CAPITAL ROUNDUP Copyright:
The battle over online copyright liability heated up in the House, where several groups lobbied for and against a draft bill prepared by Rep. Howard Coble, R-N.C., chairman of the intellectual property panel of the House Committee on the Judiciary. The telecommunications and online companies oppose Coble's measure, which they say will leave them exposed to expensive lawsuits whenever someone uses their networks to transmit pirated software, music or data. But the copyright owners, including the Recording Industry Association of America, rolled out luminaries such as country music star Johnny Cash to testify in favor of the bill, saying it is needed to prevent large-scale piracy of their digital property. The telecommunications companies are backing a rival bill introduced by Sen. John Ashcroft, R-Mo.
Liability: Rep. Coble's copyright bill is also attracting opposition from hardware and software companies, who fear that Section 1201 of Coble's bill would expose them to lawsuits when their products - such as a computer chip or desktop computer - are used to bypass or disable copyright-protection technology. The technology is used by movie producers and software publishers.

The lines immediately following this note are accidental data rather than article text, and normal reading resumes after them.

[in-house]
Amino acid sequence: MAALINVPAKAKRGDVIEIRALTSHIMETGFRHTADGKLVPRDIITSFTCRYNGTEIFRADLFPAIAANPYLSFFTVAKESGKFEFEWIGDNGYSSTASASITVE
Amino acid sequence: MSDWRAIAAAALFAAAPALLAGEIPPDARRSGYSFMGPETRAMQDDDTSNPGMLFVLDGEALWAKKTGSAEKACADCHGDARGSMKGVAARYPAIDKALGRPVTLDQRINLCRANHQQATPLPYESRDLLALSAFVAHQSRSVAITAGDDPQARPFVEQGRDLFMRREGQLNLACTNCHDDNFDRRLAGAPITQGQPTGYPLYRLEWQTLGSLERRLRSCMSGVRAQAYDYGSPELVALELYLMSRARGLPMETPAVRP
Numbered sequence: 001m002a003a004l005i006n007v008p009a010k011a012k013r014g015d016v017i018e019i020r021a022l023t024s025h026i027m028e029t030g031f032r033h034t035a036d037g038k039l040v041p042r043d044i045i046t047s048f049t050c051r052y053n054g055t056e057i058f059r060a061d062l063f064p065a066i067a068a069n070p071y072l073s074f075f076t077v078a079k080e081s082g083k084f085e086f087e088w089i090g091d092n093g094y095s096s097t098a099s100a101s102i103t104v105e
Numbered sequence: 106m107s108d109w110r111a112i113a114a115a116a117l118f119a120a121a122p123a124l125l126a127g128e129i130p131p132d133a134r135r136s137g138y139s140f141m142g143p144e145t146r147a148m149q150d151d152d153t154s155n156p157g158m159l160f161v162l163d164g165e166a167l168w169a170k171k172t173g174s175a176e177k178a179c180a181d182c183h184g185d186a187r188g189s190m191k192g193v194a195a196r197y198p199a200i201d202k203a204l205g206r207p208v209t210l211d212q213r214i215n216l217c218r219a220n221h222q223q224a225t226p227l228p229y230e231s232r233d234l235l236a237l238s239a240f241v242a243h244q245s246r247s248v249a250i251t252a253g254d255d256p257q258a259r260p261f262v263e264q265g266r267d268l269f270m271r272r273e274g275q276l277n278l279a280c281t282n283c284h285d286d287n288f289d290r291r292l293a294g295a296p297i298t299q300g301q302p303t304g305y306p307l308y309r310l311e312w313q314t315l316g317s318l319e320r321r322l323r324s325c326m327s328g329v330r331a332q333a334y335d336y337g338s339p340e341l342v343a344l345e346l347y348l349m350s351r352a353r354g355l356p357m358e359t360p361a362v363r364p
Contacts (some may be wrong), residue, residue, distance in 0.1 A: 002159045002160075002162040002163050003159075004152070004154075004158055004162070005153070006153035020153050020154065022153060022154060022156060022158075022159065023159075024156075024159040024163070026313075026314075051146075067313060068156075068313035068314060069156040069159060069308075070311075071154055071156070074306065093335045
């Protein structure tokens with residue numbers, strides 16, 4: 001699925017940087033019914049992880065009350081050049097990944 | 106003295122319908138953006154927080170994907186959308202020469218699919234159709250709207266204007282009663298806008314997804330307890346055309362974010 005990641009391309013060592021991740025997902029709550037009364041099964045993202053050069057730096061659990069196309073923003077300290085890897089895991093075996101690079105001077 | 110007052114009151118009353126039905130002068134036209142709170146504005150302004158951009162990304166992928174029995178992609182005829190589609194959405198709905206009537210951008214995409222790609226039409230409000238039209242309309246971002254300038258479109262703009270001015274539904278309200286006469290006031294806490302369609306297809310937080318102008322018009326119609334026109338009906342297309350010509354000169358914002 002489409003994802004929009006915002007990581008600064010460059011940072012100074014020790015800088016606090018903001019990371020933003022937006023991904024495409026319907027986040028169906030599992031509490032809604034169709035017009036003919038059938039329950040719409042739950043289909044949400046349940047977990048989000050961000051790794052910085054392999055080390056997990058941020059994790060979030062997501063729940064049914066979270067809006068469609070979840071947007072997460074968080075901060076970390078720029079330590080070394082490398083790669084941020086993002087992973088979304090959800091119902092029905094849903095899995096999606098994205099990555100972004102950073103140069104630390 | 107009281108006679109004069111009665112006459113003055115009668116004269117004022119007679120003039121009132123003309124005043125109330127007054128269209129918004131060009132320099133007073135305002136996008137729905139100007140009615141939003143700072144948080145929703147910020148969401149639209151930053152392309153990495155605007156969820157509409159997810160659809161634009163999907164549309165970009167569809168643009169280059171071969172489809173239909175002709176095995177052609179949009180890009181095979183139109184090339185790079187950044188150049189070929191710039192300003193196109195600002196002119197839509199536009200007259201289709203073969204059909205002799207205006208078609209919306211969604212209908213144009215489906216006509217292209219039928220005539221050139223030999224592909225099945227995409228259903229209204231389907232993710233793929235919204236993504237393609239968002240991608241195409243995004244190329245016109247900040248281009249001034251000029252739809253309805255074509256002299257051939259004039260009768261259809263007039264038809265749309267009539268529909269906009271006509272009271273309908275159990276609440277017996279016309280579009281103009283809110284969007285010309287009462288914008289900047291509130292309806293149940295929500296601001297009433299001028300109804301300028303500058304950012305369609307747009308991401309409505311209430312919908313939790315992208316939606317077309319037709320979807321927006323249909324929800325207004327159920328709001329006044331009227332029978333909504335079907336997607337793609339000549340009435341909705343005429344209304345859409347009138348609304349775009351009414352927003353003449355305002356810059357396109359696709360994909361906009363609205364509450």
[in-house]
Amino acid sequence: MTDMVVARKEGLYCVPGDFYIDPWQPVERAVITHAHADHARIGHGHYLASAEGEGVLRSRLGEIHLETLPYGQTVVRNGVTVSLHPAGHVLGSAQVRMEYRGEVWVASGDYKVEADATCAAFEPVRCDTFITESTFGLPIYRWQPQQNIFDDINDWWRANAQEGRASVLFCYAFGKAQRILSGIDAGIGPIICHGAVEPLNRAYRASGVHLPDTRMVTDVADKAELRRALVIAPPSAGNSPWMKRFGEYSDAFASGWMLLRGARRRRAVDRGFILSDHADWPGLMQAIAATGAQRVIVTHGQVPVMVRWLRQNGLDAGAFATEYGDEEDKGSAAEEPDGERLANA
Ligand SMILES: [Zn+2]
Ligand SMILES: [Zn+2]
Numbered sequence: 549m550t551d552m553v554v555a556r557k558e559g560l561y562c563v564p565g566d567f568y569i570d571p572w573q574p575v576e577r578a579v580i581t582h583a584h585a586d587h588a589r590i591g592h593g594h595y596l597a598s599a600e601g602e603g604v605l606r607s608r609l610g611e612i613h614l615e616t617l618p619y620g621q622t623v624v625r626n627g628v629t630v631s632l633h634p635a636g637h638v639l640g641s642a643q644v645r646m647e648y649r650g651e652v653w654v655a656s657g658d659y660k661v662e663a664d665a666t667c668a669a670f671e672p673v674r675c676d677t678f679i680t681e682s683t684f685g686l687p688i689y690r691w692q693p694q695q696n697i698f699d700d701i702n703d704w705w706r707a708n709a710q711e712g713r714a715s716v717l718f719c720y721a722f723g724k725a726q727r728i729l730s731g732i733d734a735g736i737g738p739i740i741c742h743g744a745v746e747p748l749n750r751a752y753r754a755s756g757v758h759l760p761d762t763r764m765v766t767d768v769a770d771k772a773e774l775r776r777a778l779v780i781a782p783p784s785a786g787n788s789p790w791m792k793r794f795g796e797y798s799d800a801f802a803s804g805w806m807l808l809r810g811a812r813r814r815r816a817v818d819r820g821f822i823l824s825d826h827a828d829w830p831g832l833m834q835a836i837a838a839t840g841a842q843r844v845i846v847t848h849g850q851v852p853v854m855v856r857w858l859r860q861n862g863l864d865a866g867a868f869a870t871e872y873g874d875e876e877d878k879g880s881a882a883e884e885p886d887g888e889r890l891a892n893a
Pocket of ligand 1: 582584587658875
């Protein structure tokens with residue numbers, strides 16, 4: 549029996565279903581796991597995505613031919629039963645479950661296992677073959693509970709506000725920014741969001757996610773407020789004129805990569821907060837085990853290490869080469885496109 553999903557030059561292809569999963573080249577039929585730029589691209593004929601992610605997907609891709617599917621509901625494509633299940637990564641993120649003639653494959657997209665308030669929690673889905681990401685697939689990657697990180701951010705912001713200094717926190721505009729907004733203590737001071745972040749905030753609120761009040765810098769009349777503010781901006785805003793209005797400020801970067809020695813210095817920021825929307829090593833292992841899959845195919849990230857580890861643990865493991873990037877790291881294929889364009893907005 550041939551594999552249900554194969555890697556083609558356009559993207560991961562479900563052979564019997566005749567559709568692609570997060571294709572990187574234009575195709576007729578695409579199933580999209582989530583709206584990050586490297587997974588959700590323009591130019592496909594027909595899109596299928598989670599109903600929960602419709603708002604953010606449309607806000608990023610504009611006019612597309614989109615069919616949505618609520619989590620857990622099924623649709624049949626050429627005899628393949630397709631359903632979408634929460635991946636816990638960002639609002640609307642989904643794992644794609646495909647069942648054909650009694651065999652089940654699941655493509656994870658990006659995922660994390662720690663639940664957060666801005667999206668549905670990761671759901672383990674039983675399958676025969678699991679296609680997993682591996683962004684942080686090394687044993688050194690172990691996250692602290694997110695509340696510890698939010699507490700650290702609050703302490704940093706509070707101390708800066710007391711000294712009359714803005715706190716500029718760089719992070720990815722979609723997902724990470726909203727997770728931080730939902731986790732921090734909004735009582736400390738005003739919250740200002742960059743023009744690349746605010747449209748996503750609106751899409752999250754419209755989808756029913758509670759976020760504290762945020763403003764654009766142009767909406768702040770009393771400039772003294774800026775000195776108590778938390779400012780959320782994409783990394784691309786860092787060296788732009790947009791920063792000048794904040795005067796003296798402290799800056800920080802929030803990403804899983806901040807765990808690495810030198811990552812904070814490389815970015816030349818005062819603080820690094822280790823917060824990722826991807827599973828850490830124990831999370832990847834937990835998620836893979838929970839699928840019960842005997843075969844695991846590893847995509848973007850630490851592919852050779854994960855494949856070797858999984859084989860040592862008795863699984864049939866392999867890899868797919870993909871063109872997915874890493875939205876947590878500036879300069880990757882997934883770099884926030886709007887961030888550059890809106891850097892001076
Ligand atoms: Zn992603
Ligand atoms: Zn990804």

Security: The House of Representatives approved the new Computer Security Enhancement Act of 1997 on Sept. 16. The bill, pushed by the Committee on Science, gives the National Institute of Standards and Technology, Gaithersburg, Md., more authority to promote government information security, partly through easier purchase of commercial security products.
Research: To promote industry alliances, the Commerce Department's Advanced Technology Program is planning to require that large companies pay at least 60 percent of any research projects that are funded by the program. However, the firms can cut their share of the costs if they establish joint ventures with other firms, according to the draft rules. The program provides some research funds to bolster companies' development of innovative technologies.
IRS Reform: Rep. Charles Rangel, D-N.Y., has introduced the long-awaited White House bill intended to reform management of the Internal Revenue Service, even as a rival bill was pushed by Sen. Bob Kerrey, D-Neb., and Rep. Rob Portman, R-Ohio. Rangel's bill would strengthen the IRS' current managers, while the Kerrey-Portman bill would give much authority over the IRS to an outside panel of industry experts.
- Neil Munro